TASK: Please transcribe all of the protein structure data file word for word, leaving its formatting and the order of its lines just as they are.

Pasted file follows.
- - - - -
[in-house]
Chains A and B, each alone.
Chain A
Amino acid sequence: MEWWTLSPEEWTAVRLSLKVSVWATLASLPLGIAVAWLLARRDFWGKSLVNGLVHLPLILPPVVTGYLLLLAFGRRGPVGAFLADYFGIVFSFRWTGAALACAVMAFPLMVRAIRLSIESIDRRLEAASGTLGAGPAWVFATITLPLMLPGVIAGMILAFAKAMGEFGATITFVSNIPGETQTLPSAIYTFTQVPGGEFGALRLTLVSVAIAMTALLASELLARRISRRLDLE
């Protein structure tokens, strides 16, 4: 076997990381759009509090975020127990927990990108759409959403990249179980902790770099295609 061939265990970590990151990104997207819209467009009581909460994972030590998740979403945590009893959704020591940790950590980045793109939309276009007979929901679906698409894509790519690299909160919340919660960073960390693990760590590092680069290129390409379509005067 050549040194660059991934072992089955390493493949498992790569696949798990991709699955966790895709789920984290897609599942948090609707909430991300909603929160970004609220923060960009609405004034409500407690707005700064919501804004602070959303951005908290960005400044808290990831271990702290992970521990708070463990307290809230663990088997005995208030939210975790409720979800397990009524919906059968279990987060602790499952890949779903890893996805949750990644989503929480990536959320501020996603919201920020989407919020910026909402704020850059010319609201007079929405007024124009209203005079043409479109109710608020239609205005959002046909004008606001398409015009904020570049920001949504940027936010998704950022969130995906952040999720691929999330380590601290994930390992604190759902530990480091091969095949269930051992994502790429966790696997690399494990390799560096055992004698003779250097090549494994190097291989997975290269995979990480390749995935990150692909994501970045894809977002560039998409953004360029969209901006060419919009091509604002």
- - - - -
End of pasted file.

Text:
[in-house]
Chains A and B, each alone.
Chain A
Amino acid sequence: MEWWTLSPEEWTAVRLSLKVSVWATLASLPLGIAVAWLLARRDFWGKSLVNGLVHLPLILPPVVTGYLLLLAFGRRGPVGAFLADYFGIVFSFRWTGAALACAVMAFPLMVRAIRLSIESIDRRLEAASGTLGAGPAWVFATITLPLMLPGVIAGMILAFAKAMGEFGATITFVSNIPGETQTLPSAIYTFTQVPGGEFGALRLTLVSVAIAMTALLASELLARRISRRLDLE
């Protein structure tokens, strides 16, 4: 076997990381759009509090975020127990927990990108759409959403990249179980902790770099295609 061939265990970590990151990104997207819209467009009581909460994972030590998740979403945590009893959704020591940790950590980045793109939309276009007979929901679906698409894509790519690299909160919340919660960073960390693990760590590092680069290129390409379509005067 050549040194660059991934072992089955390493493949498992790569696949798990991709699955966790895709789920984290897609599942948090609707909430991300909603929160970004609220923060960009609405004034409500407690707005700064919501804004602070959303951005908290960005400044808290990831271990702290992970521990708070463990307290809230663990088997005995208030939210975790409720979800397990009524919906059968279990987060602790499952890949779903890893996805949750990644989503929480990536959320501020996603919201920020989407919020910026909402704020850059010319609201007079929405007024124009209203005079043409479109109710608020239609205005959002046909004008606001398409015009904020570049920001949504940027936010998704950022969130995906952040999720691929999330380590601290994930390992604190759902530990480091091969095949269930051992994502790429966790696997690399494990390799560096055992004698003779250097090549494994190097291989997975290269995979990480390749995935990150692909994501970045894809977002560039998409953004360029969209901006060419919009091509604002």